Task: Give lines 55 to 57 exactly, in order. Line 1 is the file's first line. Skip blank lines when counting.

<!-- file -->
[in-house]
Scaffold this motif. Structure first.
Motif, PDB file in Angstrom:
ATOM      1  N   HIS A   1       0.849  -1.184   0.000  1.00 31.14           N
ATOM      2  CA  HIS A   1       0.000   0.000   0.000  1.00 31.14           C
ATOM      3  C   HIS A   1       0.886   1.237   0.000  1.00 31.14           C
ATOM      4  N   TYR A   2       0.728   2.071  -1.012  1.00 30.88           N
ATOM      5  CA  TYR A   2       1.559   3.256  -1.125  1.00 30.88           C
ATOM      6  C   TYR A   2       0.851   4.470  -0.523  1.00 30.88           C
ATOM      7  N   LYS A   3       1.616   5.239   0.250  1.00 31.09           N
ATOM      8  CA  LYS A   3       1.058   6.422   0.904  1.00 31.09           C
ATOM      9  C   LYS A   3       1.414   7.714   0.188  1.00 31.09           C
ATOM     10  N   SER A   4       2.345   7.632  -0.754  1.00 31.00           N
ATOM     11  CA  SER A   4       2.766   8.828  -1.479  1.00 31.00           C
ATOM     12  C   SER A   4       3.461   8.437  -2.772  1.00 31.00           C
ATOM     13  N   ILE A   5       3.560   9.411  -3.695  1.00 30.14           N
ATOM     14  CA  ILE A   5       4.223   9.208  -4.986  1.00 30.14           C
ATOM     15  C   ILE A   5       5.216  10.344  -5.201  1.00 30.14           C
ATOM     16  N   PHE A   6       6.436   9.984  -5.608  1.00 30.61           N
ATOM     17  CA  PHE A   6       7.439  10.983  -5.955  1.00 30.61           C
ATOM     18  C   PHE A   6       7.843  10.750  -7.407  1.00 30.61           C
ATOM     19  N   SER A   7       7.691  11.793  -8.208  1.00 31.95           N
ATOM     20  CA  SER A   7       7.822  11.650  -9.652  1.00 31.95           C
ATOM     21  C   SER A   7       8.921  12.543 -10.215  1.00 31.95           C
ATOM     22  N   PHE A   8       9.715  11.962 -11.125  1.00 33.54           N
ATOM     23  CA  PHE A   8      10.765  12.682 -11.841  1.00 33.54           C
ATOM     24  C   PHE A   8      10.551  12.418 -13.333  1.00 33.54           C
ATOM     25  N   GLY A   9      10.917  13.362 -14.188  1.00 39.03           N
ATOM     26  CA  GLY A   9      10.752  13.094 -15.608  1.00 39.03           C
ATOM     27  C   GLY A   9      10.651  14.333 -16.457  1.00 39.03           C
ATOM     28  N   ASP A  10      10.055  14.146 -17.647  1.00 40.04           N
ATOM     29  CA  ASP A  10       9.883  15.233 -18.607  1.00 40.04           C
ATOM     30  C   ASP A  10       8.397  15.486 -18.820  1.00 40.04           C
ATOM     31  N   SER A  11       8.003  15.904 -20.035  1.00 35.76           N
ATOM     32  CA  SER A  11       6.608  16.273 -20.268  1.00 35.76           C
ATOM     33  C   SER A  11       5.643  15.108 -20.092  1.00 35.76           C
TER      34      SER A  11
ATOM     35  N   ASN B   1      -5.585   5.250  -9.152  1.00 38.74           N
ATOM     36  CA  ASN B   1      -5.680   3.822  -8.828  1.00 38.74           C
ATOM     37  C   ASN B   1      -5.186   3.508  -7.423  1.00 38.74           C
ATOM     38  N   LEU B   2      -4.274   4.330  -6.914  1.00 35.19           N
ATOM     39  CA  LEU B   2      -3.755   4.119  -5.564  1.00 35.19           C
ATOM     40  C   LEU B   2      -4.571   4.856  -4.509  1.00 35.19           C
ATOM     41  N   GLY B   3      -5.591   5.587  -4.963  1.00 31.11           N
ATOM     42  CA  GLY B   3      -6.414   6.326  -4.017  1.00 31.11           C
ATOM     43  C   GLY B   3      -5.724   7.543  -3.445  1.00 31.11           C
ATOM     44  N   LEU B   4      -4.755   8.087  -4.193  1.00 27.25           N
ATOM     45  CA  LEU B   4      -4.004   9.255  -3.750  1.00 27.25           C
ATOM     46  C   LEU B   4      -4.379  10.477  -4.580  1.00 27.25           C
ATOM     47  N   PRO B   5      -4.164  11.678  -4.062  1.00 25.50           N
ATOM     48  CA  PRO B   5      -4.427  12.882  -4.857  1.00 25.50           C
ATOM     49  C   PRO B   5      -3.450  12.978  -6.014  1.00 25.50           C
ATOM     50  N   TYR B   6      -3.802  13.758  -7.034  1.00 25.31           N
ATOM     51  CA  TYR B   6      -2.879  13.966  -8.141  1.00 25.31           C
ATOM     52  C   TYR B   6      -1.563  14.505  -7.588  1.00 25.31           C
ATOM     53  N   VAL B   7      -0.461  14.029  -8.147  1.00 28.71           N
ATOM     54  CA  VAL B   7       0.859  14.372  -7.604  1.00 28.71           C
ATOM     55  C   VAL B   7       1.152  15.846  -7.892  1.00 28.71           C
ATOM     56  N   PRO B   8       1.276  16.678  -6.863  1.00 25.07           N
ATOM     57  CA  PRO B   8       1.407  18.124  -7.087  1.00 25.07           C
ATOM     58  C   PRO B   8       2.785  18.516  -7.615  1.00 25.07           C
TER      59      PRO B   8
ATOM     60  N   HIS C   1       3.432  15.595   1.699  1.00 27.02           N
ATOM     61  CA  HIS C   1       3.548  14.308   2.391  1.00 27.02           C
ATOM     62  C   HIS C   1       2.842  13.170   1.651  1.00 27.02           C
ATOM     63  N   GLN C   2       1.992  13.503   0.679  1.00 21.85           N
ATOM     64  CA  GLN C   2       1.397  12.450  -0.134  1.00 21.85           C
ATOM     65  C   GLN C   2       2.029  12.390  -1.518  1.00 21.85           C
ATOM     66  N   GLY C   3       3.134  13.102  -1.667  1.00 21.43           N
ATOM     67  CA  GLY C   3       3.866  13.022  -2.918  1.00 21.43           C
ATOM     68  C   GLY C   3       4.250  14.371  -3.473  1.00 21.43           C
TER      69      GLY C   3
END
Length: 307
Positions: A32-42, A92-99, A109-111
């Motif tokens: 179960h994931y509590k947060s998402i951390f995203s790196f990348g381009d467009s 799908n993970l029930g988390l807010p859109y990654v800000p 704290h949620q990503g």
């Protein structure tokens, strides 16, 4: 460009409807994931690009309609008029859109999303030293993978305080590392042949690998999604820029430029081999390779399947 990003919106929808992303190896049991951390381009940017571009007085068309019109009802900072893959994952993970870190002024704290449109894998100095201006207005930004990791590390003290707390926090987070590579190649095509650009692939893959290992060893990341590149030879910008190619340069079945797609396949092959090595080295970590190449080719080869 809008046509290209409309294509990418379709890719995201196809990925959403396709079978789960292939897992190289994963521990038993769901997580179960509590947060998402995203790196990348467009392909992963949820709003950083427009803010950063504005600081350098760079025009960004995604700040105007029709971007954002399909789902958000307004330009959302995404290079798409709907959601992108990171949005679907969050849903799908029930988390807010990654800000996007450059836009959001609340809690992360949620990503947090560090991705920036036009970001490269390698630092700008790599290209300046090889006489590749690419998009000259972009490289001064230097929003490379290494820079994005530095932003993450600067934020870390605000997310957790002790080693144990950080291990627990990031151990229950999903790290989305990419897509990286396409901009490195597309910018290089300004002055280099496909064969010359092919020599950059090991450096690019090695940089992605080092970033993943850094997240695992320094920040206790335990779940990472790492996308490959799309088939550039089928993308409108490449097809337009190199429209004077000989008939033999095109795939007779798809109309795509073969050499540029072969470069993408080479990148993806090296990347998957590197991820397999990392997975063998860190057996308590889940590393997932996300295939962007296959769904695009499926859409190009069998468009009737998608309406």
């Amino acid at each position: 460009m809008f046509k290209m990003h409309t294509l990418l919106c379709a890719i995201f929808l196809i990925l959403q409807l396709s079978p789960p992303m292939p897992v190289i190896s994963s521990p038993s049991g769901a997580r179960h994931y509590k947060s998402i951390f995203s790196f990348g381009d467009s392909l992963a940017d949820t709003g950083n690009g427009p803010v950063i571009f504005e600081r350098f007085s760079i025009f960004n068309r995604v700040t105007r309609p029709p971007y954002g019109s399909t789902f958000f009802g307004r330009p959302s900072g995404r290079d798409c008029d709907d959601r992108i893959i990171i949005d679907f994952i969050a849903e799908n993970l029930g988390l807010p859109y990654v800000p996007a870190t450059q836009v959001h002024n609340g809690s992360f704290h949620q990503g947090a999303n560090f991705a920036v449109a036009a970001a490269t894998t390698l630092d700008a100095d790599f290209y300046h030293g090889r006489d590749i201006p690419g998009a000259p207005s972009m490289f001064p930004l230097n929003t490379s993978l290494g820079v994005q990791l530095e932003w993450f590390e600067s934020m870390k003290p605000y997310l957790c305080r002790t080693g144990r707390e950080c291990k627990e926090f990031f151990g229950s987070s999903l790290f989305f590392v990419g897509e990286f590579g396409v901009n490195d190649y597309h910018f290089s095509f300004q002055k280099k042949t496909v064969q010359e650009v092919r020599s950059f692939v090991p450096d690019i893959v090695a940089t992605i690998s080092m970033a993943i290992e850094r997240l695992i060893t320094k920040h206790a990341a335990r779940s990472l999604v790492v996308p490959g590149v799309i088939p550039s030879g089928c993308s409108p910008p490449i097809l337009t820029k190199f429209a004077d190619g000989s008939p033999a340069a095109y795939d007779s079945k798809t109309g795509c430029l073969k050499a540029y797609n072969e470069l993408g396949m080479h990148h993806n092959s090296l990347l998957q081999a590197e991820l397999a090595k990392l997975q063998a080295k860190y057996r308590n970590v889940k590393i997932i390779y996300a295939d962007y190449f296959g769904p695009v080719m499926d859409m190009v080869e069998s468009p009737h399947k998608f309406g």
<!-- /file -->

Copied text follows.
ATOM     52  C   TYR B   6      -1.563  14.505  -7.588  1.00 25.31           C
ATOM     53  N   VAL B   7      -0.461  14.029  -8.147  1.00 28.71           N
ATOM     54  CA  VAL B   7       0.859  14.372  -7.604  1.00 28.71           C